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The Magic of Butterfly Wings

Butterfly pictures are images made from carefully pieced-together butterfly wings to create beautiful, silky-smooth, lustrous and natural patterns. The pictures emphasize the original shape and patterns of butterfly wings, highlighting the texture and metallic luster of different kinds of butterflies.

To make a butterfly picture, the craftsperson chooses butterfly wings of different shapes to be pieced together, harmonizing the relationship between texture and color. During the process, the artist has to pay close attention to the thickness and density of the wings used.

A good butterfly picture usually displays its creator's hyper imagination, sophisticated painting skills and rich knowledge of butterflies. When placed in a bright area, the work will shimmer.

Generally speaking, subjects for butterfly pictures mainly include human figures, water and mountain landscapes, and flowers and birds. Some of the best examples include "Twelve Beauties of Jinling City," "Scenery of Xishuangbana," and "Return of Hundreds of Butterflies."

At the 19th International Congress of Entomology held in Beijing in June 1992, China showcased beautiful butterfly pictures to the world as "one unique Chinese work", winning much praise from event participants.

Reputed as "dancers of Great Nature" and "flowers that fly", butterflies are regarded as a symbol of peace, happiness and fidelity. Butterfly art has a history of more than 200 years in foreign countries. Although China is rich in butterflies, butterfly art has developed slowly in the nation. The first butterfly pictures sprang up in the 1930s in China's Taiwan Province, and are still developing on the Chinese mainland.

Good butterfly art, however, is not determined by the rarity or value of the butterfly species used: It is the artist's technique and skill that matter. Butterflies should not be captured or sold for this purpose alone, particularly rare species under State protection.

'Monsieur Butterfly': Liang Senquan

Liang Senquan has tried his best to present the most beautiful side of butterfly wings to people. The 60-year-old member of the China Arts and Crafts Association has changed the traditional ways of creating two-dimensional butterfly pictures, initiating a new technique that features bas-relief or 3-D pictures.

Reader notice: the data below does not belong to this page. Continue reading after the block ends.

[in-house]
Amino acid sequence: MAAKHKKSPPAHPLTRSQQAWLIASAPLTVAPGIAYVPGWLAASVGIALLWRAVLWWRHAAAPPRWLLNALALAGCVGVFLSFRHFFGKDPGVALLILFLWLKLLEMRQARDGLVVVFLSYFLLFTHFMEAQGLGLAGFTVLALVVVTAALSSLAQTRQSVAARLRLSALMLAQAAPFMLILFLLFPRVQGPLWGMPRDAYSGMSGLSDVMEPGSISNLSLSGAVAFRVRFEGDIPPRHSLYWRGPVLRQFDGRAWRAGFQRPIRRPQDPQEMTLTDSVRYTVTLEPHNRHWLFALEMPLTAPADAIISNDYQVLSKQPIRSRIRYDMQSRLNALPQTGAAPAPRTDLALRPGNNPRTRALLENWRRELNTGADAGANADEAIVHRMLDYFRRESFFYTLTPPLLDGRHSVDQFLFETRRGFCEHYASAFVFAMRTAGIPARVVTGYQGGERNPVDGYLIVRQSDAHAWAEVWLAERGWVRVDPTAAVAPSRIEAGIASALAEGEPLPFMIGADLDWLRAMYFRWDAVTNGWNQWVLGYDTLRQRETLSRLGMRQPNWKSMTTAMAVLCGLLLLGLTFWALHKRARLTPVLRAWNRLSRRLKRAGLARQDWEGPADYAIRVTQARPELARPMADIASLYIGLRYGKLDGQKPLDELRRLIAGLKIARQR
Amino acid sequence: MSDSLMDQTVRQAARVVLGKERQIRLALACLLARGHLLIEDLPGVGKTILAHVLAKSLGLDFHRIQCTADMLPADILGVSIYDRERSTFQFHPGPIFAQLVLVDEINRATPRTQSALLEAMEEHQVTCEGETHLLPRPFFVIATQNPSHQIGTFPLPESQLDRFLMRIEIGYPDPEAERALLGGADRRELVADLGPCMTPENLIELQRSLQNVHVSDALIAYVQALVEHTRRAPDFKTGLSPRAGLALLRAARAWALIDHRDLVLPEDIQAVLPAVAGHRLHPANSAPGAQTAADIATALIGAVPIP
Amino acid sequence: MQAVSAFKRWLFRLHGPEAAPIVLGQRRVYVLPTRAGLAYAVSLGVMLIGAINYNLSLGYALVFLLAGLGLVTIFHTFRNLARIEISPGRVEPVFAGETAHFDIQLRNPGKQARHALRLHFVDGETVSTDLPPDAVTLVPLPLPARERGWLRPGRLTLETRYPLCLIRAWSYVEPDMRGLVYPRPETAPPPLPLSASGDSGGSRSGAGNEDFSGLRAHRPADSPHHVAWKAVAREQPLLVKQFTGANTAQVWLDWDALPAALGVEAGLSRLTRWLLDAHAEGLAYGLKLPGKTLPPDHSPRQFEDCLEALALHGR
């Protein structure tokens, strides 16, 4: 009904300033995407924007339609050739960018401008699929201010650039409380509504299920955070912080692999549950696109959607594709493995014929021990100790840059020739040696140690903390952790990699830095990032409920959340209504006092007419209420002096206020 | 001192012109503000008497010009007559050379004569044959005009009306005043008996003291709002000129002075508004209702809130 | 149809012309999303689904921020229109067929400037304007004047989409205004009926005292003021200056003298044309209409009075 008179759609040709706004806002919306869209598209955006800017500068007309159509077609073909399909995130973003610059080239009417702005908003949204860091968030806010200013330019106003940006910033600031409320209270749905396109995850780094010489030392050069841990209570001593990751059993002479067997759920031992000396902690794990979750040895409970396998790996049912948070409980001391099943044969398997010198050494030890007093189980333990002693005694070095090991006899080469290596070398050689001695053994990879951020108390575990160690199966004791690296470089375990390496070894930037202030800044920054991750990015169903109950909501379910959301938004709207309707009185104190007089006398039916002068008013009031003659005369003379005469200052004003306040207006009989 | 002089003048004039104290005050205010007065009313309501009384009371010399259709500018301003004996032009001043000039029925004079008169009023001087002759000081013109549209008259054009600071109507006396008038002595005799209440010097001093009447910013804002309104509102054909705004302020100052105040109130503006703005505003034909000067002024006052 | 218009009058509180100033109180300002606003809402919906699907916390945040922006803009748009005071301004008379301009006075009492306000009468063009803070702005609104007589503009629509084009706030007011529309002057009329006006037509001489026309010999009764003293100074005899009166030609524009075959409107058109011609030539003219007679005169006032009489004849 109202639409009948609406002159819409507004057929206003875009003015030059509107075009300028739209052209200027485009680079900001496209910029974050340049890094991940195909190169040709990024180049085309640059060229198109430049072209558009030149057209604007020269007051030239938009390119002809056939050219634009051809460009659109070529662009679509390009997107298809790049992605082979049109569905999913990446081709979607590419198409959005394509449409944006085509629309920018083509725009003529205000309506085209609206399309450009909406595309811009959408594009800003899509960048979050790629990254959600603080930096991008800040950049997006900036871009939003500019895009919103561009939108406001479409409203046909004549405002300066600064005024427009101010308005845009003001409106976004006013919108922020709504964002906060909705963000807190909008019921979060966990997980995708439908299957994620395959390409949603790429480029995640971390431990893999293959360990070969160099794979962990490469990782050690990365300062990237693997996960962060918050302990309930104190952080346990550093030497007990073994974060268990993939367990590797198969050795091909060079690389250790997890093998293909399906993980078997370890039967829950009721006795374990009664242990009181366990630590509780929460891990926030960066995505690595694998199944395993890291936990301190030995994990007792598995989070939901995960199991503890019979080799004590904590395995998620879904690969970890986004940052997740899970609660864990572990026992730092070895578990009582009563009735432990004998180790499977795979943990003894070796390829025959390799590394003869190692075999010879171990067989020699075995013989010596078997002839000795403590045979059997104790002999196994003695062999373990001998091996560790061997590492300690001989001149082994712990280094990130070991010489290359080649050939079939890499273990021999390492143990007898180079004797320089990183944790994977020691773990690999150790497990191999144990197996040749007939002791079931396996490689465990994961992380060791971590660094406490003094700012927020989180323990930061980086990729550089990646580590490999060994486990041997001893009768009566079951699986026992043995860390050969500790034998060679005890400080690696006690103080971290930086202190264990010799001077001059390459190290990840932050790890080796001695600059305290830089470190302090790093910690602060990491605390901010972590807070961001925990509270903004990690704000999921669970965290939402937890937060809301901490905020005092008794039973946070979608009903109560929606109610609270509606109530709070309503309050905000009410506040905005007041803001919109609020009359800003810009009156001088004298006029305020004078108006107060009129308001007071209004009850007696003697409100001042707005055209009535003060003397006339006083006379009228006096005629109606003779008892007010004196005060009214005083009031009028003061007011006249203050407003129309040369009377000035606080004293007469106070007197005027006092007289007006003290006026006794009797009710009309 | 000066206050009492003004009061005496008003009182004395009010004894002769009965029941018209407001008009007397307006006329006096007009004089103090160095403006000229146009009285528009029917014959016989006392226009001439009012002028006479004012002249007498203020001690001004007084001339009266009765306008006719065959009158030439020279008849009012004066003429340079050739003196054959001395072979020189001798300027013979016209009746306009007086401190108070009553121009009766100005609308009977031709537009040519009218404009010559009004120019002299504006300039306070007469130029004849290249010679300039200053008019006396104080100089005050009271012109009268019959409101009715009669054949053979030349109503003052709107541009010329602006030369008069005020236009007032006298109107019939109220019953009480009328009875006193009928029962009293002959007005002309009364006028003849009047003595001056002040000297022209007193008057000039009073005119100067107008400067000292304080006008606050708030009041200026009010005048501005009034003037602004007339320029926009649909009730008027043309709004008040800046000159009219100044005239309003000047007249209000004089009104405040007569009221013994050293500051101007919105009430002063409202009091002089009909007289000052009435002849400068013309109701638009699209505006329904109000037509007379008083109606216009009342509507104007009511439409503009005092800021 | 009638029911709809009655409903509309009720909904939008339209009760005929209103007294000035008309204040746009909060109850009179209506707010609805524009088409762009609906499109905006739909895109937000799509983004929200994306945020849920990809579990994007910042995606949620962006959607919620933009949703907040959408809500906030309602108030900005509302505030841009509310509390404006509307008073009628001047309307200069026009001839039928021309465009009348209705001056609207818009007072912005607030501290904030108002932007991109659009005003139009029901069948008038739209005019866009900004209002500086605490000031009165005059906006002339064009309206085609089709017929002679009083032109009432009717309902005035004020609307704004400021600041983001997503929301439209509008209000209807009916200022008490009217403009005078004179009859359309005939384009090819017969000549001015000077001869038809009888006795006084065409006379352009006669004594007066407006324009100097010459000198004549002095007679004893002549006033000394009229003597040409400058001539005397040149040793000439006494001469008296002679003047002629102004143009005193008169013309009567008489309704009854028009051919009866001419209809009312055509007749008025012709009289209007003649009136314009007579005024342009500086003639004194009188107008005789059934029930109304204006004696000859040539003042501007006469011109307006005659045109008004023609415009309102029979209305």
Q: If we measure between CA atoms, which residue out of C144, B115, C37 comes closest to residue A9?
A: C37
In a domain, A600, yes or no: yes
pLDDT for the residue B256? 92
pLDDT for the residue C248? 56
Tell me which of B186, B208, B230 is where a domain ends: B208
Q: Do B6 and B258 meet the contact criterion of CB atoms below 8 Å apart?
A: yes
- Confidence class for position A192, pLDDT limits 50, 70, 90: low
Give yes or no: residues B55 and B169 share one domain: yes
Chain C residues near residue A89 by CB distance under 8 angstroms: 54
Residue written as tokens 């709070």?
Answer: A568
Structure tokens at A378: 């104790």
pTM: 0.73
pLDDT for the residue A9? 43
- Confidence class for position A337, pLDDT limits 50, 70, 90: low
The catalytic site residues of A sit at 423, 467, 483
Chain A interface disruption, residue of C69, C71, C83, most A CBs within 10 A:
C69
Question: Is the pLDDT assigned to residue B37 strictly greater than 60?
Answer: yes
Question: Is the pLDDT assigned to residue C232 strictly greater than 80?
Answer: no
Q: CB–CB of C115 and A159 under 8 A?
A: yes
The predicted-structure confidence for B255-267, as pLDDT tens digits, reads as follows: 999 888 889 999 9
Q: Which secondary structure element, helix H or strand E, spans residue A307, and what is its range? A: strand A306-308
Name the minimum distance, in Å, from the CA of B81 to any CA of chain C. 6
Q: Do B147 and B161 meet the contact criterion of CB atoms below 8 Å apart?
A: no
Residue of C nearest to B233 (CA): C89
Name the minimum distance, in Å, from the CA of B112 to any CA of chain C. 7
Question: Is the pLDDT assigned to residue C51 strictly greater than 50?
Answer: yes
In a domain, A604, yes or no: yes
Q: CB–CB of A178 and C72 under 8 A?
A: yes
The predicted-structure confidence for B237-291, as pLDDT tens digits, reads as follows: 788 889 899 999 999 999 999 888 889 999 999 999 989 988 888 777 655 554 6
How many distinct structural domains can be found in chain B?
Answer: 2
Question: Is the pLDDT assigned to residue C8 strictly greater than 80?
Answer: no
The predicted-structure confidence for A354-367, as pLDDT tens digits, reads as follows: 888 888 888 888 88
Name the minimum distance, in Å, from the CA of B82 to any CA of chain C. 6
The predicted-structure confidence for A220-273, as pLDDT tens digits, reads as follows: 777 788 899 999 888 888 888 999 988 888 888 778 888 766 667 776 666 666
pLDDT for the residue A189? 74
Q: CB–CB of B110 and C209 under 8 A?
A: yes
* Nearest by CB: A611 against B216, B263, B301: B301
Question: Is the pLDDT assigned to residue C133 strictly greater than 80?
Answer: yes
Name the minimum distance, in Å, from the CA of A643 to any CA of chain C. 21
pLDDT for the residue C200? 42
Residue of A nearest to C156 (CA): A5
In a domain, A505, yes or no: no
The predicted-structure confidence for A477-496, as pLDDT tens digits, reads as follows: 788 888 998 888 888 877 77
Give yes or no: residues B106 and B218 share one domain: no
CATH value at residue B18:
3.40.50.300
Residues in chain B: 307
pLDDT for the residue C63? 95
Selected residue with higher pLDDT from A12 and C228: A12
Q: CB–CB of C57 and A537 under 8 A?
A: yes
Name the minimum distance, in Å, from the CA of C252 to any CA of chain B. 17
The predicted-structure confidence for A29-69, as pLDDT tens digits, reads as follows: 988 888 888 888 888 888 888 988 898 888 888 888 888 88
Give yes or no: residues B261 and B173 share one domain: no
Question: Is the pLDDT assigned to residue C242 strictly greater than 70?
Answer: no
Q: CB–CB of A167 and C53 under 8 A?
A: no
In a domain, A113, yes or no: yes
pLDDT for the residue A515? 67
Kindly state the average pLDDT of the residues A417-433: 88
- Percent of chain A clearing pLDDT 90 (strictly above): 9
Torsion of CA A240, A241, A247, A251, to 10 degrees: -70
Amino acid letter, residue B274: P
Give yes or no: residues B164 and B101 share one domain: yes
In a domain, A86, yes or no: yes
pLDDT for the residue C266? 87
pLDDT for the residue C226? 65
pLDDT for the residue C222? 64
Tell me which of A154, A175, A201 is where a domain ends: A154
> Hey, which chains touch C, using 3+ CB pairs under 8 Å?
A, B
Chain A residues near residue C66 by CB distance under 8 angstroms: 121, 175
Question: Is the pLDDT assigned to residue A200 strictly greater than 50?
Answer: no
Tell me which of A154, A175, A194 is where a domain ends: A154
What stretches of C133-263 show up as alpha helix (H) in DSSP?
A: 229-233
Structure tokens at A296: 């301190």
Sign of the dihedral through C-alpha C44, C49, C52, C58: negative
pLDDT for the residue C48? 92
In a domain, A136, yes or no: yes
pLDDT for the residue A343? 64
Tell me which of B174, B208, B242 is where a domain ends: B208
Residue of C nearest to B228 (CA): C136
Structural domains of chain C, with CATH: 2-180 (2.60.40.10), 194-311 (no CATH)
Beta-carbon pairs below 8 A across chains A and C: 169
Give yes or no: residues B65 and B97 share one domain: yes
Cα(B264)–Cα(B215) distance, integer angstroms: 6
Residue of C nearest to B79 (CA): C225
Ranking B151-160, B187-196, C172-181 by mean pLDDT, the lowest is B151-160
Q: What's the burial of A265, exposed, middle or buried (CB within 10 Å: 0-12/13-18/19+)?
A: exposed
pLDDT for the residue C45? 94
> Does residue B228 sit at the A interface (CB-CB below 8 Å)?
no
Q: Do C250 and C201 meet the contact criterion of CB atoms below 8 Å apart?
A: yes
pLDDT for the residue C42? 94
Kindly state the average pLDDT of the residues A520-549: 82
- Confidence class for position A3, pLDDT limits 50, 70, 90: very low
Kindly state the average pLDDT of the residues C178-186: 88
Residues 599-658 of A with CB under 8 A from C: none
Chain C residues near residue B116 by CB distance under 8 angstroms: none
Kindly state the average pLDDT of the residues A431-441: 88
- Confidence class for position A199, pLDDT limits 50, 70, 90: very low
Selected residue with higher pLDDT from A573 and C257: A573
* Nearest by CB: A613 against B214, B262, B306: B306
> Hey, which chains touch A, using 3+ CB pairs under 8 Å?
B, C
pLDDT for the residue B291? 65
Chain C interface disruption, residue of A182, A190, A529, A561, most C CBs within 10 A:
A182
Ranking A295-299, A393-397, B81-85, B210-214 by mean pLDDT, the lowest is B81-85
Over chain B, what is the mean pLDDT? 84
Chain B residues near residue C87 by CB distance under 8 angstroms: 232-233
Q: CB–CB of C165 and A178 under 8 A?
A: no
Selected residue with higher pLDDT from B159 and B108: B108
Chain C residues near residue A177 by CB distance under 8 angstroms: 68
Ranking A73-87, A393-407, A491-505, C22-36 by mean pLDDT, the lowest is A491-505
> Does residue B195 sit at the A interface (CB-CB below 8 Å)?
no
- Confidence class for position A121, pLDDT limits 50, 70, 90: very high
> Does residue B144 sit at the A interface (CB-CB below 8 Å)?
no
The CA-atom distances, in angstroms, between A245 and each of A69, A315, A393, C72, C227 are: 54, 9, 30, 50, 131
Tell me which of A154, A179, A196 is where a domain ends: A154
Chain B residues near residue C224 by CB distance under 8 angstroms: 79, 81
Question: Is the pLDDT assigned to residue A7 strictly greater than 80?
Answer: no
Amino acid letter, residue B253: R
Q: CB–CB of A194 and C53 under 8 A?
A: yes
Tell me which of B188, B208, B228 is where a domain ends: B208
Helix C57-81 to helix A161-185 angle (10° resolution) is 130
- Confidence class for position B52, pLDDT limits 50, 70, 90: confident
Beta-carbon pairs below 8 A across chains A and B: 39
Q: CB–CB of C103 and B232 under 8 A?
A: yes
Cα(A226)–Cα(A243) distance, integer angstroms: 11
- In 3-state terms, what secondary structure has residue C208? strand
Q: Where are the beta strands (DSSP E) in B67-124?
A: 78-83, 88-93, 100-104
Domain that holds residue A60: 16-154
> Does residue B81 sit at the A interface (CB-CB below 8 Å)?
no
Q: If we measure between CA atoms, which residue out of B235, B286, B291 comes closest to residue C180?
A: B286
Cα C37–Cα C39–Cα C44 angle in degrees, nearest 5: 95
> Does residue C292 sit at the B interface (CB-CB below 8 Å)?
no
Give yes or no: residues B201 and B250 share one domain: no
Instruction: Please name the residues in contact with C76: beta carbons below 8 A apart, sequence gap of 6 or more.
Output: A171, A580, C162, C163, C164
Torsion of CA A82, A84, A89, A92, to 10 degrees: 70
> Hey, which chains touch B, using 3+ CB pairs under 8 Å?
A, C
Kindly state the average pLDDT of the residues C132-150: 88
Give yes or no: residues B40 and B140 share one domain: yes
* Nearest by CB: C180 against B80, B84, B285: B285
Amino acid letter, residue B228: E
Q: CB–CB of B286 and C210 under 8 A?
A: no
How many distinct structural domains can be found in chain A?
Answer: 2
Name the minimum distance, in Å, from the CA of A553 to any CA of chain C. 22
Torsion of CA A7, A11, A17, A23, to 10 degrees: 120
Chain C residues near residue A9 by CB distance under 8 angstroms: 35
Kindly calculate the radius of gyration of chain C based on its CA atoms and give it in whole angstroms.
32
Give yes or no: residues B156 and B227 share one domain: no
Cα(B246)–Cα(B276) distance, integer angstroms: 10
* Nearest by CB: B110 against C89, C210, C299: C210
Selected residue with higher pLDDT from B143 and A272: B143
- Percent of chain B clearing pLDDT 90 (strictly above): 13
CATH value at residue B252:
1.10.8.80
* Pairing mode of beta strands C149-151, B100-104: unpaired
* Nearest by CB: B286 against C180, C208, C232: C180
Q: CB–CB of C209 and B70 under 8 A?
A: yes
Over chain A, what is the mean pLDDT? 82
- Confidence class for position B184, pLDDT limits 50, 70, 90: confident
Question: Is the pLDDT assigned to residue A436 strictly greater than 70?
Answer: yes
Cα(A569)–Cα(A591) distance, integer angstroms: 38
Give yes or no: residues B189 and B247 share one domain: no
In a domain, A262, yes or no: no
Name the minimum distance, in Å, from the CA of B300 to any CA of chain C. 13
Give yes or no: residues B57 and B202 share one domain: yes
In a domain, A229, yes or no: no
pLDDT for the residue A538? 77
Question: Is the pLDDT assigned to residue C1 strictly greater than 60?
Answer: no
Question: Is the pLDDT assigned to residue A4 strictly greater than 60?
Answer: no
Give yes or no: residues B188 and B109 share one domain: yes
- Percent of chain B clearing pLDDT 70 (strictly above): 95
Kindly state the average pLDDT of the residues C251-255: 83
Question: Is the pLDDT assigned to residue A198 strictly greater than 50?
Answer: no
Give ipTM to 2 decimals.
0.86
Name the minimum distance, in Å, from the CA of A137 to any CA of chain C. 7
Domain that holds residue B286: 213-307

His works have won the second prize at China's First Tourism Souvenirs Design Competition in 2002, and were selected as gifts by the Hainan Provincial Government to the World Tourism Organization. In 2003, Liang walked away with the Best Innovation Award at the Hainan Tourism Souvenirs Design Competition.

In Liang's studio, partially complete and finished butterfly pictures are scattered among various Chinese and foreign books on butterflies and butterfly wings from various species.

Although Liang, who used to be a medical worker, says that it is hard to associate medical work with creating butterfly pictures, his experience in the medical field has laid out a solid foundation in his current career, especially in terms of preserving butterfly wings.

In 1994 Liang began to study the art of butterfly pictures and produced simple 2-D works. He said that although his initial pictures were strictly numbers, it was difficult to produce them using butterfly wings, especially handling the radian of each figure's pivot point, which was hard to maneuver in terms of pasting and color matching.
In the past, Liang may have trimmed butterfly wings to coordinate images, but today he always uses complete butterfly wings to retain their original, natural beauty. Sometimes, Liang suspends his work out of consideration for nature and preservation laws.

In 1998, Liang began to study and raise butterflies via artificial propagation. By 1999, he had successfully reproduced the Troides Helena (Linnaeus), Pachliopta Aritolochiae (Fabricius), Danaus Chrysippus (Linnaeus), Catopsilia Pomona F. Crocale (Fabricius) and other butterfly species, supplying sufficient sources for his creations.

Liang genuinely loves butterflies and knows how to protect them. His aesthetic pursuits have made him China's first individual with the largest collection of butterflies to have created the most butterfly pictures.

Liang has three wishes: He hopes for a butterfly museum of his own, to display his works abroad, and to exhibit his pictures at the 2010 Expo.

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